Cytoplasmic and nuclear separation. Representative blots showing adequate separation of cytoplasmic and nuclear fractions were assessed via Western blot analysis detection of α-tubulin, cytoplasmic protein (C), and laminin A/C, nuclear protein (N), in each lane. A single muscle homogenate sample was loaded in duplicate with each gel and used as a between-blot internal loading control. All gels were run in with cytoplasmic and nuclear fractions loaded in adjacent cells, i.e., baseline cytoplasmic next to the baseline nuclear fraction as shown in the representative blot.
Fig. 3.
Fig. 3.
Protein translation downregulation during total knee arthroplasty (TKA). Data represent Akt at Ser-473 in whole muscle fraction (A) (n = 6); 4E-BP1 Thr-36/47 (B); eukaryotic initiation factor 4E (eIF-4E) at Ser-209 in the cytoplasmic (C) and nuclear fraction (D). Representative phosphorylated, total, and loading control (Ponceau) Western blot are included. Data are expressed as means ± SE (n = 10). *P ≤ 0.05 vs. baseline.
Fig. 4.
Fig. 4.
Stress pathway during TKA. Stress-activated protein kinase (SAPK/JNK) protein in the cytoplasmic (A) and nuclear fraction (B). MAPK p-38α protein in the cytoplasmic (C) and nuclear fraction (D). MAPK p-38β protein in the cytoplasmic (E) and nuclear fraction (F). Representative phosphorylated, total, and loading control (Ponceau) Western blot are included. Data are expressed as means ± SE (n = 10). *P ≤ 0.05 vs. baseline.
Fig. 5.
Fig. 5.
Autophagic/lysosomal pathway during TKA. Bcl2 protein in the cytoplasmic (A) and nuclear fraction (B). Bcl2/adenovirus EIB 19-kDa-interacting protein 3 (Bnip3) protein in the cytoplasmic (C) and nuclear fraction (D). Representative phosphorylated, total, and loading control (Ponceau) Western blot images are included. Data are expressed as means ± SE (n = 10). *P ≤ 0.05 vs. baseline.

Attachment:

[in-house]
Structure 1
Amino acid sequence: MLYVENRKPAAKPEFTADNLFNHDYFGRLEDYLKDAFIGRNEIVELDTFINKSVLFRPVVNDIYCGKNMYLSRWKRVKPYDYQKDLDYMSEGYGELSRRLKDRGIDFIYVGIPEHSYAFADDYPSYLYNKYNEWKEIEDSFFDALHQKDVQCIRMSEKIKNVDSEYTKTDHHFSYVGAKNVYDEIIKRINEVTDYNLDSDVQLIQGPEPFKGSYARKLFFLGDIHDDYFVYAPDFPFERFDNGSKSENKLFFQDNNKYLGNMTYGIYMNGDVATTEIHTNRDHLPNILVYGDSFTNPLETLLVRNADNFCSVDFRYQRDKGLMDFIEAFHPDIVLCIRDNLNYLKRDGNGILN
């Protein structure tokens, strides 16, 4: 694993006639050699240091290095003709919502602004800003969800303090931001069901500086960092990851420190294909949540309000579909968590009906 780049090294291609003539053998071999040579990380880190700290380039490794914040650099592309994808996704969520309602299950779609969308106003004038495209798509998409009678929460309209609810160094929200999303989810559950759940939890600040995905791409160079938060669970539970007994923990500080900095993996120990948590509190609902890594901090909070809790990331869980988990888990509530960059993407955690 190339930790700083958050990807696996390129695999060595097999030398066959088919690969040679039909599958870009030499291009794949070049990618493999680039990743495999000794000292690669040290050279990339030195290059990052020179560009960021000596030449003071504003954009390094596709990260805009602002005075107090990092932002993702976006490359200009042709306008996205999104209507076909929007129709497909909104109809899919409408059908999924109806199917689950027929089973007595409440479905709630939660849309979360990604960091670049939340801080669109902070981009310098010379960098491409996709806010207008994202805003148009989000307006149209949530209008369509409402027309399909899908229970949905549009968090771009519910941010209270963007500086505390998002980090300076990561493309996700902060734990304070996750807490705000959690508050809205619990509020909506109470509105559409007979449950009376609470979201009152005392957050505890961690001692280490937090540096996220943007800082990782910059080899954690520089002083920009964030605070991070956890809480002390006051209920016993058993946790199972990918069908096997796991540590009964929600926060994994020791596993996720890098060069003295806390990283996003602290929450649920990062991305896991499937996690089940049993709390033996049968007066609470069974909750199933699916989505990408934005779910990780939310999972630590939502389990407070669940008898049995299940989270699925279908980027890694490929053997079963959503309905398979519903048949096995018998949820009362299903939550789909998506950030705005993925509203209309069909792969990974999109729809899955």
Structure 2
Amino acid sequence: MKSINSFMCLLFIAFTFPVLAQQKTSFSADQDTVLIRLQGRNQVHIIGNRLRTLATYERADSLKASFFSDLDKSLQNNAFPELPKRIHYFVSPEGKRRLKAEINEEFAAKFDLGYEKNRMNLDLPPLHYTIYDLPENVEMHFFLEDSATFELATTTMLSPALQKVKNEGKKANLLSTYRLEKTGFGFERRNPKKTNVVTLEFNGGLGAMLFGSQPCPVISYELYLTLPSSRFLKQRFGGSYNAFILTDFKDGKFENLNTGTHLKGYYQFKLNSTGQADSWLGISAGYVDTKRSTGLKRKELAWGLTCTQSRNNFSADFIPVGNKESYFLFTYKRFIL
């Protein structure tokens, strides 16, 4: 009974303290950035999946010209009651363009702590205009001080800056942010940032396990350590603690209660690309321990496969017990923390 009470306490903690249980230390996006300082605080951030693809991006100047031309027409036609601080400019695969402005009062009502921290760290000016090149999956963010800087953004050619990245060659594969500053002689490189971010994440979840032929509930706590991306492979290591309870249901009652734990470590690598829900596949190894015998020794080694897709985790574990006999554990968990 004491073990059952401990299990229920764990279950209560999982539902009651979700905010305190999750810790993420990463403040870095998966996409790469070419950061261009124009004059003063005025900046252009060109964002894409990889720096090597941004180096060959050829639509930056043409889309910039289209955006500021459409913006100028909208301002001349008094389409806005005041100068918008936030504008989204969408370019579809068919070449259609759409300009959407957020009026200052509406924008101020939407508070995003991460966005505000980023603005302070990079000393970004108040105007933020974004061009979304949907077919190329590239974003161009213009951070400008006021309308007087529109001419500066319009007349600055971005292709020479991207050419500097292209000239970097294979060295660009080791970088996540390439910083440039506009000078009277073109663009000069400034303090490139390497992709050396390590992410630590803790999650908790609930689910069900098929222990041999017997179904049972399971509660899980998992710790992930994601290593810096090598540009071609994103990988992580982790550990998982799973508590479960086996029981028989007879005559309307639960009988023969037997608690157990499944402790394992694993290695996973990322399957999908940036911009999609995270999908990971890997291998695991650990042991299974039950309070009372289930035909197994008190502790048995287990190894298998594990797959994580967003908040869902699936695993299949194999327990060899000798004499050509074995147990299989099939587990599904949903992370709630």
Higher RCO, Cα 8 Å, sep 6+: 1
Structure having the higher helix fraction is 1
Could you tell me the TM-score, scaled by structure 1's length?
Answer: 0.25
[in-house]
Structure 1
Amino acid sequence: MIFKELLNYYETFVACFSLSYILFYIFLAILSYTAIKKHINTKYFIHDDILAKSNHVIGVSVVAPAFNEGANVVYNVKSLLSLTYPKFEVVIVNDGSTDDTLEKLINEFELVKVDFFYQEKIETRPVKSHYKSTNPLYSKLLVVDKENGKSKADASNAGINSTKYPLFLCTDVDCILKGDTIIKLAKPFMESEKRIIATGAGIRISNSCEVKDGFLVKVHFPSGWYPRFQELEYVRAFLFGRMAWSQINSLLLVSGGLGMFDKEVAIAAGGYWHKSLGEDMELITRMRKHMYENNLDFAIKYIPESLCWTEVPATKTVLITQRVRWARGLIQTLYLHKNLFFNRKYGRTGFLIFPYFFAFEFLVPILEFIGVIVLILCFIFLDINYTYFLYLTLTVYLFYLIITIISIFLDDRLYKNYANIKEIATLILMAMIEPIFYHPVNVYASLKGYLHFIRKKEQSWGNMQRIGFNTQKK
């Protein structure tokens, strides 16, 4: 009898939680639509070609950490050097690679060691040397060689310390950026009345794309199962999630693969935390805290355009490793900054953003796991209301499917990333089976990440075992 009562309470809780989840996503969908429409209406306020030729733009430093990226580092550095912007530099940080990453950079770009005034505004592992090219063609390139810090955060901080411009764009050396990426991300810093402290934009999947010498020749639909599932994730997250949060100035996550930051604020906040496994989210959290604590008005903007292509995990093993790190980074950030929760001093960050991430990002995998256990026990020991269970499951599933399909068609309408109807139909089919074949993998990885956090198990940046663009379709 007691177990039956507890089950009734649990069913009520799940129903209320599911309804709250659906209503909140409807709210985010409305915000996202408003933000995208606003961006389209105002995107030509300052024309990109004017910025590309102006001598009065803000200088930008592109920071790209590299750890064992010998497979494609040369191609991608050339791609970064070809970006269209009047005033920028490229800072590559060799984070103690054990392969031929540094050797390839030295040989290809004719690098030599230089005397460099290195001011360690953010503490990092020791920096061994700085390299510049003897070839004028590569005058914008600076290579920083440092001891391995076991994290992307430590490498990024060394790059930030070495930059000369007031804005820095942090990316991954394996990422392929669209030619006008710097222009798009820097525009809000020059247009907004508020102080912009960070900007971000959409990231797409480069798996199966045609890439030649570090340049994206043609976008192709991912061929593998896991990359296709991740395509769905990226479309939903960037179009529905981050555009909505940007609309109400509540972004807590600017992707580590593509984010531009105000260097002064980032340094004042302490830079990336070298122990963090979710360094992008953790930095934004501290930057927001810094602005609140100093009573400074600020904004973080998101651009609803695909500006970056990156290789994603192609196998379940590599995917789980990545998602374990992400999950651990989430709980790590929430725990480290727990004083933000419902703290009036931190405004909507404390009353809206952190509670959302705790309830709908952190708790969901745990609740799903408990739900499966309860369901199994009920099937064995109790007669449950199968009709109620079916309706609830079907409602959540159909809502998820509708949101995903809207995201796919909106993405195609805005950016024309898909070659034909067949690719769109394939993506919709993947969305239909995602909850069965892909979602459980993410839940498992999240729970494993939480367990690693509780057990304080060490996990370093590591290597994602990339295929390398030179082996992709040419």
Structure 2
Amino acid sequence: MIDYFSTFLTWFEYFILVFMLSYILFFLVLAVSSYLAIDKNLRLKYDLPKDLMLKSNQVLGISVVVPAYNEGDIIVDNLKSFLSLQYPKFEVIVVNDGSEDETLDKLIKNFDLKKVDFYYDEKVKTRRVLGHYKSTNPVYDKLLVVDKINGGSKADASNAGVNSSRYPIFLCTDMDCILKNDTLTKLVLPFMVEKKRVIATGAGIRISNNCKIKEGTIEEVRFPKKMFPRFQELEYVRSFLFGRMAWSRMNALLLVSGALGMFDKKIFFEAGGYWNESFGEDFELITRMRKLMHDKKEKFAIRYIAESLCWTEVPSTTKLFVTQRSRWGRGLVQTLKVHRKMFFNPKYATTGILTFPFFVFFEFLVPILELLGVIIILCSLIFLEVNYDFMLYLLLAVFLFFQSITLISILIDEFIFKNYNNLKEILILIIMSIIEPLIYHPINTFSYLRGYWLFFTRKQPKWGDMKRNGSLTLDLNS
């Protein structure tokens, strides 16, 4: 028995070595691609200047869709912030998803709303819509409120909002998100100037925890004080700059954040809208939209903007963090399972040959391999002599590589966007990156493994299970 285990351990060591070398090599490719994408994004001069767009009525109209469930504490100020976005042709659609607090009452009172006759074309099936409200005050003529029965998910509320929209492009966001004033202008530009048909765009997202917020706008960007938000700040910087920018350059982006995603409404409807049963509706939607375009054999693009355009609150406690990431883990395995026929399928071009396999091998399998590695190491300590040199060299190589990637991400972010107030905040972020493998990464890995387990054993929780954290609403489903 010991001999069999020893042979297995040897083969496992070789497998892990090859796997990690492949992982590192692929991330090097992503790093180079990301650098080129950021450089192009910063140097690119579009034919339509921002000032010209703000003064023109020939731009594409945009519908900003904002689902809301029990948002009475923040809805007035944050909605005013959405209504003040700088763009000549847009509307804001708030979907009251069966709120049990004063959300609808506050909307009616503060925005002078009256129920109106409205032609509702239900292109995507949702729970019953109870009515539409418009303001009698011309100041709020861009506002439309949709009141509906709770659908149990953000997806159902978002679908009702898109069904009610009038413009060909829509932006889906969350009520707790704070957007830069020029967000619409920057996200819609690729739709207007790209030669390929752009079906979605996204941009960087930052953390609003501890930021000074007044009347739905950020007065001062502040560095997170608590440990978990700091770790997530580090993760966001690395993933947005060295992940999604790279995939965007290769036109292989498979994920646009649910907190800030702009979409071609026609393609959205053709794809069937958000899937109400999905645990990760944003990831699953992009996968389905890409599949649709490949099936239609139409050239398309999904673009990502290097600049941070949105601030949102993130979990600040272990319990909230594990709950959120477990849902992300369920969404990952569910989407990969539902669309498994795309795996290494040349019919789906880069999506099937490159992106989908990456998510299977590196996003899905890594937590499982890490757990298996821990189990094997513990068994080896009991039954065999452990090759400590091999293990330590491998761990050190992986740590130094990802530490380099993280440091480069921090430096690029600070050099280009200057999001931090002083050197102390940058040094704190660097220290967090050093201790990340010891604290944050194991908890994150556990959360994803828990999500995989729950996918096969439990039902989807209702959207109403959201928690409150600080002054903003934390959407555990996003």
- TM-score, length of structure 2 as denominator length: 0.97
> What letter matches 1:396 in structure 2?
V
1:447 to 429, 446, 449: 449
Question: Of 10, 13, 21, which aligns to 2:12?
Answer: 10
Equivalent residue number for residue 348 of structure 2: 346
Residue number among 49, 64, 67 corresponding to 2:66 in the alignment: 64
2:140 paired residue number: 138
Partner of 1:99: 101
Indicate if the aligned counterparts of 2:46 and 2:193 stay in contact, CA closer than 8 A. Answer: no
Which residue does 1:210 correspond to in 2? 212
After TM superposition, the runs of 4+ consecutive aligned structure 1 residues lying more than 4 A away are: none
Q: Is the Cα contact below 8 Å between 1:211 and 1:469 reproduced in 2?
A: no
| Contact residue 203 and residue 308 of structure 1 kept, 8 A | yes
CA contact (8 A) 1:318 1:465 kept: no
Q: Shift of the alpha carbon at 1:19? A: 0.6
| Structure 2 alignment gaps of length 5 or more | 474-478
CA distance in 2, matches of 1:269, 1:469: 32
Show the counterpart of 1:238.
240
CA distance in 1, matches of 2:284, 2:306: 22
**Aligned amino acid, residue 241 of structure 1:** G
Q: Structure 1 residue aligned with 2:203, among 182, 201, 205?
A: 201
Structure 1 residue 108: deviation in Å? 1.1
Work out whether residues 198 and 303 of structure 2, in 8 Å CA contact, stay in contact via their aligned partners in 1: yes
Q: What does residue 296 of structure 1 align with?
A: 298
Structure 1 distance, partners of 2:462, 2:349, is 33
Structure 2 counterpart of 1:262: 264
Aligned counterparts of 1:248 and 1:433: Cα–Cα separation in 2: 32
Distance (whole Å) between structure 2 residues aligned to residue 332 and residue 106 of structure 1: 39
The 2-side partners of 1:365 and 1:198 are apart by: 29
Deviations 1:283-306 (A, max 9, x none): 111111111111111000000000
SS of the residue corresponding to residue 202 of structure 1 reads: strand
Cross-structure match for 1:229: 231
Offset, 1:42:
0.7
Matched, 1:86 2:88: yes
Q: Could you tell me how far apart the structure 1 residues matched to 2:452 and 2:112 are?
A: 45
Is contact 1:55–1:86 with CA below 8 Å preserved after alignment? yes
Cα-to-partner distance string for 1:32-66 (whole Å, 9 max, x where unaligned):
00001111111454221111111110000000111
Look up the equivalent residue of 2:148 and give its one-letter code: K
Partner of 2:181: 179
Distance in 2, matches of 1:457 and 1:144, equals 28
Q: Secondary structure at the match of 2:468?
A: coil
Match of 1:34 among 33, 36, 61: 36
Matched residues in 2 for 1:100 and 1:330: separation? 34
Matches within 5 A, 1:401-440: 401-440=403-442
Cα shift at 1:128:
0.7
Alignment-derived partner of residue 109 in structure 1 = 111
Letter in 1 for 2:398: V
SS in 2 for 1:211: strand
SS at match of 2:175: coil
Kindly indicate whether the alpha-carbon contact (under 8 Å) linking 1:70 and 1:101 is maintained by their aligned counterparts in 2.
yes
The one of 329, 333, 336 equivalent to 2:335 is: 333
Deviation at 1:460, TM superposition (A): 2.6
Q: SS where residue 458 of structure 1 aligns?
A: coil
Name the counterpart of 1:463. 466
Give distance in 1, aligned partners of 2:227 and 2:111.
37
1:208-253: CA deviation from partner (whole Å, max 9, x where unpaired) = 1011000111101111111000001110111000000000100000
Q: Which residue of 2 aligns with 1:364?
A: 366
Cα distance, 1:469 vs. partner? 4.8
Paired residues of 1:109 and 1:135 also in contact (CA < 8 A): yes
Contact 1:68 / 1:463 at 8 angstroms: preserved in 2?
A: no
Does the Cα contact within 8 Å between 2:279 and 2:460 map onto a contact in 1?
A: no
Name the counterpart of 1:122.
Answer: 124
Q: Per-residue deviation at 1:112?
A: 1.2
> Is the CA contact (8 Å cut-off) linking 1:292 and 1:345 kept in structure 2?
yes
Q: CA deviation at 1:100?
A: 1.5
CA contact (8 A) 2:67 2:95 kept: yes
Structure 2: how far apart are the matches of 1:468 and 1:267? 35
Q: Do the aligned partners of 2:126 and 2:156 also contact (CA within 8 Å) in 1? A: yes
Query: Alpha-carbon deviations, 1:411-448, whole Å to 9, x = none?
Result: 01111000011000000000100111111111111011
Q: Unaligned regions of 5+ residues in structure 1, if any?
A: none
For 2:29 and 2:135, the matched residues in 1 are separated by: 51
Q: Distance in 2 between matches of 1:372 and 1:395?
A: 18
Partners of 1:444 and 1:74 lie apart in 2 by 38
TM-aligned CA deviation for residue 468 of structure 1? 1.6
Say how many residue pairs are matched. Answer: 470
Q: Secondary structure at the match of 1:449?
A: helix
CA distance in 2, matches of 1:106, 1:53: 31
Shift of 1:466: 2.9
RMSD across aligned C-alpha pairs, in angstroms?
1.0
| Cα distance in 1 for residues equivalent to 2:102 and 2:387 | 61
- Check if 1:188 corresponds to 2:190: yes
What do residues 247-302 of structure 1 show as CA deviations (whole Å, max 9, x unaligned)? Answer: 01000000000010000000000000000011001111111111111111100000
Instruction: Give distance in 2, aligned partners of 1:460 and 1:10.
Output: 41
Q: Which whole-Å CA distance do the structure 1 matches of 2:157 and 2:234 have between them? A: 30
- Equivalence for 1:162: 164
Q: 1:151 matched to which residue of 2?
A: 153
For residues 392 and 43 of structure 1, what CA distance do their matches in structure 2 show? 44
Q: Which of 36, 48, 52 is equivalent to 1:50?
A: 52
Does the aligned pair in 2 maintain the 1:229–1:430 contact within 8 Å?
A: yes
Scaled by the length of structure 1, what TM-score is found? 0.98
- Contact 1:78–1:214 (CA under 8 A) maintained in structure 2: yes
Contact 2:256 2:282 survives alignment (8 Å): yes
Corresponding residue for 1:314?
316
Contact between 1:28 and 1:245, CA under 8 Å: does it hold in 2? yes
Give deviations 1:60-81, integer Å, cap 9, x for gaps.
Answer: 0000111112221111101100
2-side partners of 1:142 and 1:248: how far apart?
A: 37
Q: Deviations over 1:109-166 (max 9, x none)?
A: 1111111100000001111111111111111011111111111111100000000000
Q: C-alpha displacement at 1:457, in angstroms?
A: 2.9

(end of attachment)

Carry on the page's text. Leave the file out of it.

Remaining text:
Fig. 6.
Fig. 6.
E3 ubiquitin proteasomal pathway during TKA. MAFbx protein in the cytoplasmic (A) and nuclear fraction (B). MuRF1 protein in the cytoplasmic (C) and nuclear fraction (D). Representative phosphorylated, total, and loading control (Ponceau) Western blot images are included. Data are expressed as means ± SE (n = 10). *P ≤ 0.05 vs. baseline.
Fig. 7.
Fig. 7.
mRNA expression during TKA. FoxO3a (A) MAFbx (B), MuRF1 (C), SAPK/JNK (D), and p-38α (E). Data are expressed as means ± SE (n = 7). *P ≤ 0.05 vs. baseline.
Fig. 8.
Fig. 8.
Ischemia-reperfusion stimulates multiple catabolic/autophagic cell signaling pathways during total knee arthroplasty (TKA). A schematic diagram of proteins regulating signaling pathways controlling cap-dependent mRNA translation initiation (36) and autophagy/lysosomal and ubiquitin-proteasomal protein degradation. Ischemia-reperfusion inhibits cap-dependent translation initiation via dephosphorylation of Akt leading to inhibition of the Akt-mTOR pathway and the availability of 4E-BP1 to bind to and inhibit eIF4E association with eIF4G to form an active mRNA cap-binding complex (eIF4F). Dephosphorylation of Akt leads to the dephosphorylation and nuclear translocation of FoxO3a, leading to increased transcription of MAFbx, MuRF1, and Bnip3 and subsequent activation of ubiquitin-proteasomal and autophagic/lysosomal protein degradation pathways. Cell stress signaling increases the expression of SAPK/JNK and p38α/β MAPKs, contributing to the nuclear translocation of FoxO3a and protein degradation.